While I'm sure that text will look better on a monitor with such a resolution, at 1920x1200 (my current LCD monitor's resolution) text is already as small as I want it to be. That is, the information density on my screen is at the limit of what is comfortable for me to view. To utilize the NEC's high resolution, I would need that in a larger monitor. I don't want to use my desktop monitor at a laptop distance! I think the way to go is to have multiple less expensive monitors, rather than a larger very expensive monitor, and the multi-monitor setup would give much more viewable information anyway. 2560x1600 on a 30" monitor may be what I seek as far as information density, but then the text would still be some crappy 96-ish DPI. While nice looking text is highly desirable to me, I can deal with the level of quality I have now, and be more productive with a larger screen at the same DPI. More vertical pixels please (and 16:10 please)!
Relax. You can always set the DPI text size to 200% and have a Windows pr0n on your desktop. ;) :))
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#4
techtony
by: Prima.Vera
Relax. You can always set the DPI text size to 200% and have a Windows pr0n on your desktop. ;) :))
Increasing the size of fonts to the same size that I have now with 1920x1200 "only" gets me sharper text and not more information on a 24" screen. I can't afford such a luxurious screen that doesn't make me any bit more productive. If I get another screen like my current one, I'll have double the information in front of me to view and it will only cost me about $300. I could buy FOUR monitors for the price of the luxurious NEC above. Even if I had excess funds, I'm too practical to pop for the NEC (and I'd still need more than one, so double-whammy to the wallet, or TRIPLE even!).

I calculated the PPI of a 30" screen at 3840x2160 and it turns out to be 147 PPI. The same resolution on a 24" screen gives 196 PPI. I think I read somewhere that between 200 and 300 PPI, the need for anti-aliasing, sub-pixel rendering and such gyrations become unnecessary. If so, then in that range is the resolution I will be elated with (when it is affordable).
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#5
SaltyFish
by: techtony
More vertical pixels please (and 16:10 please)!
Definitely agree with that. CRTs topped out at 2048x1536. That's 1536 vertical pixels. Look how long it took us to hit past that with 1600 vertical pixels.

I'm also partial to the 16:10 aspect ratio. They're very hard to find nowadays outside of the professional sector and those cost a pretty penny (the 22 inch 1200p Ezio SX2262W is a good example). There are 2560x1600 monitors but they start at 30 inches and I don't have as the physical space to accommodate such. It's one of the reasons why I'm not looking into a multiple monitor setup. I'd prefer a 16:10 version of this as well, but it's still small enough (smaller still would be better, say 17 to 20 inches) and it exceeds 1536 vertical pixels so I can feel like I'm finally getting a resolution better than what I had in 2002.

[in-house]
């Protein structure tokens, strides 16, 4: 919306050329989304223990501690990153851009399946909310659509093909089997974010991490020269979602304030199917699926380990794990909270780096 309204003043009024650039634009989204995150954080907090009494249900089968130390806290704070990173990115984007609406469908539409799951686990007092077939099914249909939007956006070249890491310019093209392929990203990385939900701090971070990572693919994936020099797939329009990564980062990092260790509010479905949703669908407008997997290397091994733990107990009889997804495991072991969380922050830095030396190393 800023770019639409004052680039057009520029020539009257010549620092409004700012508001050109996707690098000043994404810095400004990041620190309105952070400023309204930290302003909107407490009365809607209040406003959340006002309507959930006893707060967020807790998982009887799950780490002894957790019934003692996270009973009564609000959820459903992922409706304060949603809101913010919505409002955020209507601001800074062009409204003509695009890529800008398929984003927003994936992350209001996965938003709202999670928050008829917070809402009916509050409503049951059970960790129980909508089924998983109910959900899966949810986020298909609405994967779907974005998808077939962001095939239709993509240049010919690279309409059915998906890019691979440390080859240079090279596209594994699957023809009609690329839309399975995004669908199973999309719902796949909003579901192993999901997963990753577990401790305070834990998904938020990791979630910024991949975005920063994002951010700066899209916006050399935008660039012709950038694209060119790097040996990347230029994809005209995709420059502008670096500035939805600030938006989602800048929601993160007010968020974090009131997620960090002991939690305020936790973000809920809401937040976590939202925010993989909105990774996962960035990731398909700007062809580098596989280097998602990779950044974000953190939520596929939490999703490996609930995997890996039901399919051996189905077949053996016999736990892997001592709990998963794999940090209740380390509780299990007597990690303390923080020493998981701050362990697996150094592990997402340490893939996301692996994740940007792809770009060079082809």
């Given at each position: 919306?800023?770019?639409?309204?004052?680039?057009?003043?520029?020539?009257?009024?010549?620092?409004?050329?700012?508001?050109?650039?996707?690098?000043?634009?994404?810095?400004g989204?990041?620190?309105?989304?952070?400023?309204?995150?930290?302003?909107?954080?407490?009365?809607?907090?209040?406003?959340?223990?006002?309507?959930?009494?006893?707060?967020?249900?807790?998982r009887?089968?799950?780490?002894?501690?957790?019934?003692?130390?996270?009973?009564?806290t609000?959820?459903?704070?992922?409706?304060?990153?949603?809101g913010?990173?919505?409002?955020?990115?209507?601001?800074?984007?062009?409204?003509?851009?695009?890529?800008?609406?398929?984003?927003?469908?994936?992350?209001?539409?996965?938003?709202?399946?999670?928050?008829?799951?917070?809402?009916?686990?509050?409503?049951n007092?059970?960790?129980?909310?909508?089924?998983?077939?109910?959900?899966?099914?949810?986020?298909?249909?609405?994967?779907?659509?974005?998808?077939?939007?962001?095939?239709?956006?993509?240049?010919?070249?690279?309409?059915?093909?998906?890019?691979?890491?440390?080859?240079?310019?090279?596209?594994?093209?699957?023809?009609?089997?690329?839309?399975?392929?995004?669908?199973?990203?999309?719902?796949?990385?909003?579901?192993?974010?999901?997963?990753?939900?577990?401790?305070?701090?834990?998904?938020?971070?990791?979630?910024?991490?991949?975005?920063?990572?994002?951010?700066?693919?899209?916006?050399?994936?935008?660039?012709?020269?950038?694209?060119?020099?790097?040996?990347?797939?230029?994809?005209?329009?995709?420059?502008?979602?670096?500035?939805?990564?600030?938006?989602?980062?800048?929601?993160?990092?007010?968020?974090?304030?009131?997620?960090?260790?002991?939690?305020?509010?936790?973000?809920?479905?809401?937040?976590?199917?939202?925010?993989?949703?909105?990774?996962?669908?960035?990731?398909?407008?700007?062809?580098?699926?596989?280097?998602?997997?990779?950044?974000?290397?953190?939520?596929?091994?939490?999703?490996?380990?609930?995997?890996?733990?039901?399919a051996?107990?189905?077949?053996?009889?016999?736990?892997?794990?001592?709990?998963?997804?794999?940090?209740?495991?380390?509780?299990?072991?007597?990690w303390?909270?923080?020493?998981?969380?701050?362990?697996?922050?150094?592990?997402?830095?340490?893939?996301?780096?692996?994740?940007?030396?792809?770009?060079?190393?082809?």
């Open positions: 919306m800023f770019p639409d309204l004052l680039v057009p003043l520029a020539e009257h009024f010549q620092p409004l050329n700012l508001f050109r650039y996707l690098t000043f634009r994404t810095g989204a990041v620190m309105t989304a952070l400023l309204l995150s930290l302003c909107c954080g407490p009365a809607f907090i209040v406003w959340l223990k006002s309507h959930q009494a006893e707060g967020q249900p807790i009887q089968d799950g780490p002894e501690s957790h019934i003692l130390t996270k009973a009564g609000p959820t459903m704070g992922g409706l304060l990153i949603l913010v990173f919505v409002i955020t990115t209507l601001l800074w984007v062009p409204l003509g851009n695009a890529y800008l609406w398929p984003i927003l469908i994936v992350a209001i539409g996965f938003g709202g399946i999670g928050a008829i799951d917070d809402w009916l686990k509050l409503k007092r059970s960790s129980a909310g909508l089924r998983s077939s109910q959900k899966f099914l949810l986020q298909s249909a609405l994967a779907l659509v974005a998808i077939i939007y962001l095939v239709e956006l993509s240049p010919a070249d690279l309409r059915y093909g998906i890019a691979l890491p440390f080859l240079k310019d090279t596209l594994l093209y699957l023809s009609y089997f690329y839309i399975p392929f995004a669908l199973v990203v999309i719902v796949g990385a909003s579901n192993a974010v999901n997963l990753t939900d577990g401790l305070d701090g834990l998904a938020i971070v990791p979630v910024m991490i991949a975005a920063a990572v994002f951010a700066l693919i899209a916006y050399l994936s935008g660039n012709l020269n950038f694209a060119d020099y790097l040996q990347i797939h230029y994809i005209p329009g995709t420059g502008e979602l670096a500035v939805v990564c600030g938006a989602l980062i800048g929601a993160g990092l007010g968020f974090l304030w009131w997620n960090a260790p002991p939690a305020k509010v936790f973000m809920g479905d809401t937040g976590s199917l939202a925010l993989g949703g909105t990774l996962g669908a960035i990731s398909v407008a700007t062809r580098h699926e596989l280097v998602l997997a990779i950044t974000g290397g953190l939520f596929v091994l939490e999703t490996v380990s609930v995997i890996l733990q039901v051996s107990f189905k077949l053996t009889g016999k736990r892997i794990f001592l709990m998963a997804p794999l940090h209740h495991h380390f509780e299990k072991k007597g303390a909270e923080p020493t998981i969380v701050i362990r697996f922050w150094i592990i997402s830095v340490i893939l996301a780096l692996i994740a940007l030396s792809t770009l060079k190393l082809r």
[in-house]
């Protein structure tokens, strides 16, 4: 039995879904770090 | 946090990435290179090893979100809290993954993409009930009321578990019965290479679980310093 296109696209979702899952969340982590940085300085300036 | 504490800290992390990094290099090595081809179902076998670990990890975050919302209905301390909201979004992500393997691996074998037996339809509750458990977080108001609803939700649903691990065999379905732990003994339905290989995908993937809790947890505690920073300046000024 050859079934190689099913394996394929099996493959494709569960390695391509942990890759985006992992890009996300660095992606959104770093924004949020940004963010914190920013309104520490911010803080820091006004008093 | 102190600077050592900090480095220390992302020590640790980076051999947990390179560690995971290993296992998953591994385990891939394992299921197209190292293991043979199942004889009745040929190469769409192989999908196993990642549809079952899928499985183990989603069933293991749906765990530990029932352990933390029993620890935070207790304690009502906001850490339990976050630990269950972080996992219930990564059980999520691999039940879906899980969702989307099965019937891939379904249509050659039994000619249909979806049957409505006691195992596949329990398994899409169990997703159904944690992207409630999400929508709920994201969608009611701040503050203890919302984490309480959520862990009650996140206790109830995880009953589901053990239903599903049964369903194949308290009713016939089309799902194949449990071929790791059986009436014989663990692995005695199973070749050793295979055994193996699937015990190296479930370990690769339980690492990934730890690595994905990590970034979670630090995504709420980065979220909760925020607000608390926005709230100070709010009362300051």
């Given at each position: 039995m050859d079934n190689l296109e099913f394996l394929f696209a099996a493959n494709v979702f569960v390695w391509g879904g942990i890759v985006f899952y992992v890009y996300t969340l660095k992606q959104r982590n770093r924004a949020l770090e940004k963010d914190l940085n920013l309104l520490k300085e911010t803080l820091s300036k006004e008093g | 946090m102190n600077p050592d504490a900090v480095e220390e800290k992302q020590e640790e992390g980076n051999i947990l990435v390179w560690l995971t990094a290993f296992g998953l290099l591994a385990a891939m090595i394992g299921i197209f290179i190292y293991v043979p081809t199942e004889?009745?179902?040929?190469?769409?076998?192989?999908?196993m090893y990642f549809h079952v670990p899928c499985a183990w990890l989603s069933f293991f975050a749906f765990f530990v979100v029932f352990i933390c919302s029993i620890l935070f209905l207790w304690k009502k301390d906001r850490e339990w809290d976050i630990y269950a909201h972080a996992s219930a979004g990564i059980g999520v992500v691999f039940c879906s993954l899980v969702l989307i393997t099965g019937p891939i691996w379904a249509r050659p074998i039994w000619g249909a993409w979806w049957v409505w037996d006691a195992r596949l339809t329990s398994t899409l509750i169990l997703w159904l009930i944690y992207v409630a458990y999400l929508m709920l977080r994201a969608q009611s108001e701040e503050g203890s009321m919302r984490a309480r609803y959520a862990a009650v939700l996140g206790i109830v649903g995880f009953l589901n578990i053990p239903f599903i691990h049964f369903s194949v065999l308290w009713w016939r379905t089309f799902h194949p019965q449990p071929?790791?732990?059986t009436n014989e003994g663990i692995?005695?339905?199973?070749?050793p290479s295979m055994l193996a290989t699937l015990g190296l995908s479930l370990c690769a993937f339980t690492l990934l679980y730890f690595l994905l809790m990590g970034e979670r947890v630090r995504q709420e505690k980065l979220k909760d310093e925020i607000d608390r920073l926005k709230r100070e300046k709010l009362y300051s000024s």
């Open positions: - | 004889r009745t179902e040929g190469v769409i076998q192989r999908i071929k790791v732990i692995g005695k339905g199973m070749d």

by: techtony
I calculated the PPI of a 30" screen at 3840x2160 and it turns out to be 147 PPI. The same resolution on a 24" screen gives 196 PPI. I think I read somewhere that between 200 and 300 PPI, the need for anti-aliasing, sub-pixel rendering and such gyrations become unnecessary. If so, then in that range is the resolution I will be elated with (when it is affordable).
I got 185 PPI from that (SQRT(3840²+2160²)/23.8). Either way, it's close to the low end of 200 PPI. And for people whose eyes have severely rotted, it's probably enough. For everyone else, it's a very promising step.

Interesting note: At 4K resolution, 22 inches will be 200 PPI while 15 inches will be 293 PPI.
Posted on Reply
#6
hellrazor
by: techtony
"The 24-inch LED-backlit display delivers a 3840 x 2160 resolution, four times the typical full HD desktop space, meaning more information can be on-screen at once."

While I'm sure that text will look better on a monitor with such a resolution, at 1920x1200 (my current LCD monitor's resolution) text is already as small as I want it to be. That is, the information density on my screen is at the limit of what is comfortable for me to view. To utilize the NEC's high resolution, I would need that in a larger monitor. I don't want to use my desktop monitor at a laptop distance! I think the way to go is to have multiple less expensive monitors, rather than a larger very expensive monitor, and the multi-monitor setup would give much more viewable information anyway. 2560x1600 on a 30" monitor may be what I seek as far as information density, but then the text would still be some crappy 96-ish DPI. While nice looking text is highly desirable to me, I can deal with the level of quality I have now, and be more productive with a larger screen at the same DPI. More vertical pixels please (and 16:10 please)!
You could also try increasing your DM/WM/whatever's render DPI.
Posted on Reply
#7
techtony
by: SaltyFish

I'm also partial to the 16:10 aspect ratio. They're very hard to find nowadays...
Dell 1920x1200 24"($309 on sale): http://www.newegg.com/Product/Product.aspx?Item=N82E16824260047

Pivots as well. It seems that 1920x1200 is making something of a come back. I bought my Acer 1920x1200 when they were being price reduced because 1080p was becoming all the rage. I paid around $300 back then, so it's somewhat interesting to see that the Dell in the link above is around that price now. I really want 1600 vertical pixels though, so:

Dell 2560x1600 30" ($1200 on sale): http://www.newegg.com/Product/Product.aspx?Item=9SIA24G1GC2214&SortField=0&SummaryType=0&PageSize=100&SelectedRating=-1&VideoOnlyMark=False&IsFeedbackTab=true#scrollFullInfo
Nixeus 2560x1600 30" ($605): http://www.amazon.com/dp/B00CHDHE0W/?tag=tec06d-20

by: SaltyFish
I got 185 PPI from that (SQRT(3840²+2160²)/23.8).
I must have used something like 22.8, for about an inch off gives close to the wrong number I calculated.